Boise State hopes this isn’t rinse and repeat. The Broncos face another guard that’ll be hard to stop when they take the court against SMU Thursday night in the NIT. This comes a week after Nevada’s Grant Sherfield and Desmond Cambridge combined for 57 points in Boise State’s quarterfinal loss in the Mountain West Tournament. This time there’s only one of those guys instead of two, but one might be enough. First-team All-AAC pick Kendric Davis, a 5-11 junior guard who transferred from TCU in 2019, leads the Mustangs with 18.8 points and 7.4 assists per game. Davis is the only player in the country to lead his team in both categories this season.
Is he Sherfield revisited? Listen to what the Wolf Pack star did in three games against the Broncos: 25.0 points and 8.3 assists per game while shooting 71 percent from the field, 62 percent from three-point range and 88 percent from the free throw line. Davis kinda sounds like him. Boise State and SMU have two common opponents, including sixth-ranked Houston. The Cougars beat the Broncos in the season-opener 68-58 in November and later swept the Mustangs 74-60 and 70-48. Davis scored 23 points in the first of those two games.
ALSTON ALL-DISTRICT TIMES TWO
Derrick Alston Jr. returned to Boise State for his senior year with the expressed intent of winning the Mountain West championship and going to the NCAA Tournament. Hopefully some of Alston’s disappointment is mitigated by the two All-District awards he earned Tuesday, one from writers and the other from coaches. Despite his struggles the past three games, Alston is still averaging 17.4 points per game this season while shooting 44.6 percent from the floor, 39.2 percent from three-point range and 86.5 percent from the free throw line. If he can hit the reset button for the SMU tilt, it would go a long way in ensuring he has more than one game left in his college career.
SAD IRONY INDEED
A year ago, Boise State made it through three spring football practices before the sports world was shut down. Incredibly, the Broncos made it through just two practices in 2021 before the program was forced to pause “all football-related activities due to an upward trend in COVID-19 cases and absences due to contact tracing” Tuesday night. This comes despite Boise State exceeding all offseason guidelines outlined within the NCAA Resocialization of Collegiate Sport. The Broncos are testing 100 percent of student-athletes, coaches and staff within their inner bubble on a weekly basis. It’s a stark reminder that we should not let our guard down (even though that’s a tough sell in Idaho). The difference between last March and this March: it appears that all players will be eligible for vaccinations by April 26.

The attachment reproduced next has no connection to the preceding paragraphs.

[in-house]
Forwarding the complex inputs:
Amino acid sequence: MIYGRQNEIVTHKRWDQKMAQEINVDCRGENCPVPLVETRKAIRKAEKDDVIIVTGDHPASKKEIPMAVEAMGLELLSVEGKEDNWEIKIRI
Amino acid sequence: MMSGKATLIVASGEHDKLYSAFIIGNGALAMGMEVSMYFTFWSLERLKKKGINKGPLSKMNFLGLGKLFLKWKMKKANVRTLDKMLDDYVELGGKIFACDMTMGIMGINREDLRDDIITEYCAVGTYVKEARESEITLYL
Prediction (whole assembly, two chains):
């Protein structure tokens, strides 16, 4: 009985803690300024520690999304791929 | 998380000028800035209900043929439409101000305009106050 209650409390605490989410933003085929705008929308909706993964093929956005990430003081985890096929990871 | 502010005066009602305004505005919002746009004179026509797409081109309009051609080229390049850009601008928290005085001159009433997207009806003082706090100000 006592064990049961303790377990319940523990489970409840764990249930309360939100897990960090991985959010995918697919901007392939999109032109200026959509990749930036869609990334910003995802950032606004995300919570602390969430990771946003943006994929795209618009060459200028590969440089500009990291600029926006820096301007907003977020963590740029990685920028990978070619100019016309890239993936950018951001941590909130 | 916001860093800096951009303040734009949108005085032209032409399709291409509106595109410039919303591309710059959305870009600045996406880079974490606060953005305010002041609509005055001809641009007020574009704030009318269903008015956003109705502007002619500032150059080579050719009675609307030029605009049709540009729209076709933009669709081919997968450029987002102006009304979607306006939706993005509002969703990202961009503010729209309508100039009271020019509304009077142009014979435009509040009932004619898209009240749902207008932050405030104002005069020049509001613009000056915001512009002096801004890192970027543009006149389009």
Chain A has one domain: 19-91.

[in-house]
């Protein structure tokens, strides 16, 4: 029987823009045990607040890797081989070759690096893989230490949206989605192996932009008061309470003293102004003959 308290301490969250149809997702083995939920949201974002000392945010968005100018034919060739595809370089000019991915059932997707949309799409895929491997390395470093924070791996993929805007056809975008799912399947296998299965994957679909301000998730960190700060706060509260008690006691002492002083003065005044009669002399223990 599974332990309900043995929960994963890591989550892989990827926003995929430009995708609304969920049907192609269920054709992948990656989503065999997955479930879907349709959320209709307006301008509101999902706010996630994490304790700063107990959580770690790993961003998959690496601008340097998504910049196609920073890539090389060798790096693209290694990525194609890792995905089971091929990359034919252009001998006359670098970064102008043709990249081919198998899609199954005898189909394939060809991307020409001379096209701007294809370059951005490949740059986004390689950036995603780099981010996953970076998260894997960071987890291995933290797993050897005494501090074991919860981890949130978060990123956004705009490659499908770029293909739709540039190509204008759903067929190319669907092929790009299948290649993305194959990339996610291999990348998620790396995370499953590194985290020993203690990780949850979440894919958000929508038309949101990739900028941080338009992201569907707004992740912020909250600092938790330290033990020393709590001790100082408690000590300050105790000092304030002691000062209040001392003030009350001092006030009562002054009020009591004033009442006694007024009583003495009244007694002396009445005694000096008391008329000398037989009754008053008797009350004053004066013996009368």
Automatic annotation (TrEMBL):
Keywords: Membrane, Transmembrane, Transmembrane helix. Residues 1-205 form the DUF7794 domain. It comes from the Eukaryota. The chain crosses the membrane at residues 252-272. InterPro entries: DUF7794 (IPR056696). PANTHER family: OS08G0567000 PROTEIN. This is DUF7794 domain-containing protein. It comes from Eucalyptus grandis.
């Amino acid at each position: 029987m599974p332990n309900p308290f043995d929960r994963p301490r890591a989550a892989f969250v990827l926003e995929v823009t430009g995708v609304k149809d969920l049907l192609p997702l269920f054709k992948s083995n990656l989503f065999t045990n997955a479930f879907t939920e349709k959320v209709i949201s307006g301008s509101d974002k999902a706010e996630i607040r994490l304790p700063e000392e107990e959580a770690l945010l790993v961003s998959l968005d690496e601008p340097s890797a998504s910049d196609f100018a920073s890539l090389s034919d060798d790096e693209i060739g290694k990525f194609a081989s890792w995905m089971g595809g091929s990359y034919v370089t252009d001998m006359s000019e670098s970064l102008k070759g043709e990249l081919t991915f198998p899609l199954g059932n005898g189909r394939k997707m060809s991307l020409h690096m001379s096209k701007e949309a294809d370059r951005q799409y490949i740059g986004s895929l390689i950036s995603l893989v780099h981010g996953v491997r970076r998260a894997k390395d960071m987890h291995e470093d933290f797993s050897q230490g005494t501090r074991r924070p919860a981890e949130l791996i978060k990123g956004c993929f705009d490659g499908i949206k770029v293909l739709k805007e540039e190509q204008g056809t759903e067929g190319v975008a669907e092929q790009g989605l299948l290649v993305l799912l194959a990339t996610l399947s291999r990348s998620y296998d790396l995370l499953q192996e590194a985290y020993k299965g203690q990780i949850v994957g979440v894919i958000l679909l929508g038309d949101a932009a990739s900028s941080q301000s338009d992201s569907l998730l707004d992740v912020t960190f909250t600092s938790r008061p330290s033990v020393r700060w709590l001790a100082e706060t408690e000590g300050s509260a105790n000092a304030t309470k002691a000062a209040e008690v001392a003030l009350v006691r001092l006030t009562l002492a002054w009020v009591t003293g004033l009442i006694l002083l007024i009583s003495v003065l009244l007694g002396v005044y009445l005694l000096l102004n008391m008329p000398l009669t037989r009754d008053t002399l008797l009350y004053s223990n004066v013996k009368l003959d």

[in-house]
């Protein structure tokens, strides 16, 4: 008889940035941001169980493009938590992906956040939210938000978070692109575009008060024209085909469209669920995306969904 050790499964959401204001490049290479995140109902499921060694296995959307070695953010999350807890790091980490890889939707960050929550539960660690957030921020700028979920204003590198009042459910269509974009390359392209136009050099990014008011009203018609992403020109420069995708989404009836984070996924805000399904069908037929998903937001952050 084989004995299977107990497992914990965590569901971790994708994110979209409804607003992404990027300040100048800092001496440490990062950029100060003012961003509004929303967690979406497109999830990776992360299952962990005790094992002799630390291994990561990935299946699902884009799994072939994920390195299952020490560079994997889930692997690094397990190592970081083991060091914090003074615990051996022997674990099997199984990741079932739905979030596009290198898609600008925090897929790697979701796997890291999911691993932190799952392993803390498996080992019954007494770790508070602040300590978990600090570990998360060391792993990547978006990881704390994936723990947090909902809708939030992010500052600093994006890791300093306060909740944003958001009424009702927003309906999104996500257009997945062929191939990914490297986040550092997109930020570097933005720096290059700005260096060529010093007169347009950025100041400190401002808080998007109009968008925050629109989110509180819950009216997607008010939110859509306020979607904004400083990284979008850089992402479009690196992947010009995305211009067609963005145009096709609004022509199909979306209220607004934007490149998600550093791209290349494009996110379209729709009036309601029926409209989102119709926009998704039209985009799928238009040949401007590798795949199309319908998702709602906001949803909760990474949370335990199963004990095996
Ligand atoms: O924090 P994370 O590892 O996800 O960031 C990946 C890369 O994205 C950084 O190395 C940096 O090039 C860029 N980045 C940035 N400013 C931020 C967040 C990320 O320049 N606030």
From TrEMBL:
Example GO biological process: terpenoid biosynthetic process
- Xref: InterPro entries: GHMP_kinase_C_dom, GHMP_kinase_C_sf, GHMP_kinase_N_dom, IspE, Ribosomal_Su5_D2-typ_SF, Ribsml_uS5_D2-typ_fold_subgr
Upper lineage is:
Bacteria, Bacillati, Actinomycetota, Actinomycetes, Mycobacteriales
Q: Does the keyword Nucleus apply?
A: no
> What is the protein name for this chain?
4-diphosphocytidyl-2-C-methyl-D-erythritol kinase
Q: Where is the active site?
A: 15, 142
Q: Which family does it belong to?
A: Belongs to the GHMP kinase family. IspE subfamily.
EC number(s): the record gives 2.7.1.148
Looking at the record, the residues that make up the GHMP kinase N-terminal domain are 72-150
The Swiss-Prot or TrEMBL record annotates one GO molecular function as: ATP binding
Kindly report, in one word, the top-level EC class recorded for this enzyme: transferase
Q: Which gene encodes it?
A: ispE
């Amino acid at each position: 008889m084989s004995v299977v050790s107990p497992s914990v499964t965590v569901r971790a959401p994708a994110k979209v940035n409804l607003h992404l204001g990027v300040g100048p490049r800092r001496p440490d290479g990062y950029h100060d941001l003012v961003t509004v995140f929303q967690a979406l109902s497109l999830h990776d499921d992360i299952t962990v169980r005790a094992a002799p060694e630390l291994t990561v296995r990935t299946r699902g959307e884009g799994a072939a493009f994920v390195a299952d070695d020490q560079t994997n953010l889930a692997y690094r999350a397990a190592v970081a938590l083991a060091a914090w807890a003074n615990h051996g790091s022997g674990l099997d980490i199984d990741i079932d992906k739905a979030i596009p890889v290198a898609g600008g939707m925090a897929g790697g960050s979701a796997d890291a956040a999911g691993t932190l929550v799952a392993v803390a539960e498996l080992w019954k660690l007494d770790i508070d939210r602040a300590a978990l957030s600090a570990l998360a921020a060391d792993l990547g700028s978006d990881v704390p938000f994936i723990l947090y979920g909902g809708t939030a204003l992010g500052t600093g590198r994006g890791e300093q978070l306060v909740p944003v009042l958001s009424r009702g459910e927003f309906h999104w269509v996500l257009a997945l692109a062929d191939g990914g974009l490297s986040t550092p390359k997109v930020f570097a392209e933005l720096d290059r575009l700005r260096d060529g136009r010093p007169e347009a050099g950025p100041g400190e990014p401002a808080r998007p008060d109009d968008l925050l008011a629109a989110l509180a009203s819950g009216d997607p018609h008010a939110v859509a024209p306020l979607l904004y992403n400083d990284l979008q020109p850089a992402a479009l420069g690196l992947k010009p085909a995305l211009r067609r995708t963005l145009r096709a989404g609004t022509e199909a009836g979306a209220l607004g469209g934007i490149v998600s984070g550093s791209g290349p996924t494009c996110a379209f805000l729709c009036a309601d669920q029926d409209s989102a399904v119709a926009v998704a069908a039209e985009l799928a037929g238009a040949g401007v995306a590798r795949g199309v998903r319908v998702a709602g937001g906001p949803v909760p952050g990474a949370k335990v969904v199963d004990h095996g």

A PITINO IN ALBUQUERQUE
Minnesota soured on men’s hoops coach Richard Pitino after a 14-15 season and a sixth season in eight tries on the outside of the NCAA Tournament, and one-time Boise State athletic director Mark Coyle, the current Gophers AD, fired him Monday. But New Mexico instantly warmed up to Rick Pitino’s son, and the Lobos hired Richard Pitino Tuesday to replace Paul Weir, who was let go after a four-year period of decline in Albuquerque culminated in a 6-16 record this season. So what’s it all mean? This hire is meant to energize a rabid but withdrawn New Mexico basketball fan base. But is Pitino truly a good coach, or just a splashy name? We will find out.
MOUNTAIN WEST CHURN
The Minnesota opening keeps the conversation going in the Mountain West. Surely Coyle and the Gophers would hire San Diego State’s Brian Dutcher in a nano-second. Minnesota is Dutcher’s alma mater, and his dad, Jim, coached the Gophers from 1975-86. Dutcher’s contract buyout with the Aztecs is $6.9 million for everybody but Minnesota. It’s $1 million for the Golden Gophers. He has been in the Big Ten before—as an assistant to Steve Fisher at Michigan before the duo landed at SDSU, and on Lou Henson’s staff at Illinois. Dutcher has deflected any talk of leaving San Diego State, as you expect he would while the Aztecs prepare for their NCAA Tournament matchup with Syracuse on Friday.
At the age of 61, would Dutcher leave San Diego for Minneapolis? If he did, you could add SDSU to San Jose State and—probably—UNLV as Mountain West programs with openings. Iowa State has reportedly hired the Rebels’ T.J. Otzelberger (the Cyclones just fired Steve Prohm following a 2-22 season). Otzelberger, who has been in Las Vegas for only two seasons after a successful stint at South Dakota State, had been seen as the heavy favorite for the ISU gig. It’s jarring to compare the records of Dutcher and Otzelberger as Mountain West coaches—the former is 53-6, and the latter is 29-30.
This Day In Sports…brought to you by ZAMZOWS…Nobody Knows Like Zamzows!
March 17, 1916: The “father of Bronco football” is born. Lyle Smith, who built Boise Junior College into a powerhouse in the late 1940s, 50s and 60s, is considered the man who inspired the Boise State program to grow into what it is today. His career record at BJC was 156-26-6, with five undefeated seasons, a 37-game winning streak, 51 shutouts, and the school’s original national championship—in the JC ranks in 1958. Smith went on to become Boise State’s first athletic director from 1968-81. The late, great Lyle Smith would have been 105 years old today.
(Tom Scott hosts the Scott Slant segment during the football season on KTVB’s Sunday Sports Extra and anchors five sports segments each weekday on 93.1 FM KTIK. He also served as color commentator on KTVB’s telecasts of Boise State football for 14 seasons.)